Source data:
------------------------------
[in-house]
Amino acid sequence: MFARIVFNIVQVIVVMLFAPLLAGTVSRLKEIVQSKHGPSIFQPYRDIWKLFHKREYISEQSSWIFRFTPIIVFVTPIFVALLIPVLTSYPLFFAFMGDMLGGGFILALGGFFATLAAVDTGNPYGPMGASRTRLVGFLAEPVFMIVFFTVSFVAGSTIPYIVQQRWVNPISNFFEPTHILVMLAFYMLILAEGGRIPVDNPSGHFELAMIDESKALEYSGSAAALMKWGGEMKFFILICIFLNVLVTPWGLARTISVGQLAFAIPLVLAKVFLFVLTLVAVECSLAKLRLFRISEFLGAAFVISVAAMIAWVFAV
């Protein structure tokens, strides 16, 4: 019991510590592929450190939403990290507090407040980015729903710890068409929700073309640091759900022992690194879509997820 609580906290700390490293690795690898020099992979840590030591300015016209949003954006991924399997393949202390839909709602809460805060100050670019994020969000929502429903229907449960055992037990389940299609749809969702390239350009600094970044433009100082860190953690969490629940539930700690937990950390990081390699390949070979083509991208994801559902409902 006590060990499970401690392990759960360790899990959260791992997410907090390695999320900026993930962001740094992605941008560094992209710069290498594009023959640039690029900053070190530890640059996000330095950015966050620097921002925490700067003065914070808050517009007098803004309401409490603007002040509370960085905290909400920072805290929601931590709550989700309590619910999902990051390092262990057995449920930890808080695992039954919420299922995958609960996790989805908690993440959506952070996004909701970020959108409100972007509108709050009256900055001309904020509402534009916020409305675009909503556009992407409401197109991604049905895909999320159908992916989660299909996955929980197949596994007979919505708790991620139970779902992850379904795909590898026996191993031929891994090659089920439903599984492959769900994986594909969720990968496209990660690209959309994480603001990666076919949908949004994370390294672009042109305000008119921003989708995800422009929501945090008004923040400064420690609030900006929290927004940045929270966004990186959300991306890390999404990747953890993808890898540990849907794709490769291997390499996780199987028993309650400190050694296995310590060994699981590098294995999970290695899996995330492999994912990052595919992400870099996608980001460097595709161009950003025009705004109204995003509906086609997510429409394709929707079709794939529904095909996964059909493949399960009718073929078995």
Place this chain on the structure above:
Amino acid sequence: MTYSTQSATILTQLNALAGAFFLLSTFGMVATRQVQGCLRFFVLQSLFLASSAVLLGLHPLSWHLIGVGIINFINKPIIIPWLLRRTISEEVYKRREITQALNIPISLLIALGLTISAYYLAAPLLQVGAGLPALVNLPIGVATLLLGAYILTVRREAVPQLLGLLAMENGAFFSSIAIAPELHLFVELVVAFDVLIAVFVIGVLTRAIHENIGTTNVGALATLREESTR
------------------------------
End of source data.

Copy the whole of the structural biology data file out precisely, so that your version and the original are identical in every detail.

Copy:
[in-house]
Amino acid sequence: MFARIVFNIVQVIVVMLFAPLLAGTVSRLKEIVQSKHGPSIFQPYRDIWKLFHKREYISEQSSWIFRFTPIIVFVTPIFVALLIPVLTSYPLFFAFMGDMLGGGFILALGGFFATLAAVDTGNPYGPMGASRTRLVGFLAEPVFMIVFFTVSFVAGSTIPYIVQQRWVNPISNFFEPTHILVMLAFYMLILAEGGRIPVDNPSGHFELAMIDESKALEYSGSAAALMKWGGEMKFFILICIFLNVLVTPWGLARTISVGQLAFAIPLVLAKVFLFVLTLVAVECSLAKLRLFRISEFLGAAFVISVAAMIAWVFAV
């Protein structure tokens, strides 16, 4: 019991510590592929450190939403990290507090407040980015729903710890068409929700073309640091759900022992690194879509997820 609580906290700390490293690795690898020099992979840590030591300015016209949003954006991924399997393949202390839909709602809460805060100050670019994020969000929502429903229907449960055992037990389940299609749809969702390239350009600094970044433009100082860190953690969490629940539930700690937990950390990081390699390949070979083509991208994801559902409902 006590060990499970401690392990759960360790899990959260791992997410907090390695999320900026993930962001740094992605941008560094992209710069290498594009023959640039690029900053070190530890640059996000330095950015966050620097921002925490700067003065914070808050517009007098803004309401409490603007002040509370960085905290909400920072805290929601931590709550989700309590619910999902990051390092262990057995449920930890808080695992039954919420299922995958609960996790989805908690993440959506952070996004909701970020959108409100972007509108709050009256900055001309904020509402534009916020409305675009909503556009992407409401197109991604049905895909999320159908992916989660299909996955929980197949596994007979919505708790991620139970779902992850379904795909590898026996191993031929891994090659089920439903599984492959769900994986594909969720990968496209990660690209959309994480603001990666076919949908949004994370390294672009042109305000008119921003989708995800422009929501945090008004923040400064420690609030900006929290927004940045929270966004990186959300991306890390999404990747953890993808890898540990849907794709490769291997390499996780199987028993309650400190050694296995310590060994699981590098294995999970290695899996995330492999994912990052595919992400870099996608980001460097595709161009950003025009705004109204995003509906086609997510429409394709929707079709794939529904095909996964059909493949399960009718073929078995």
Place this chain on the structure above:
Amino acid sequence: MTYSTQSATILTQLNALAGAFFLLSTFGMVATRQVQGCLRFFVLQSLFLASSAVLLGLHPLSWHLIGVGIINFINKPIIIPWLLRRTISEEVYKRREITQALNIPISLLIALGLTISAYYLAAPLLQVGAGLPALVNLPIGVATLLLGAYILTVRREAVPQLLGLLAMENGAFFSSIAIAPELHLFVELVVAFDVLIAVFVIGVLTRAIHENIGTTNVGALATLREESTR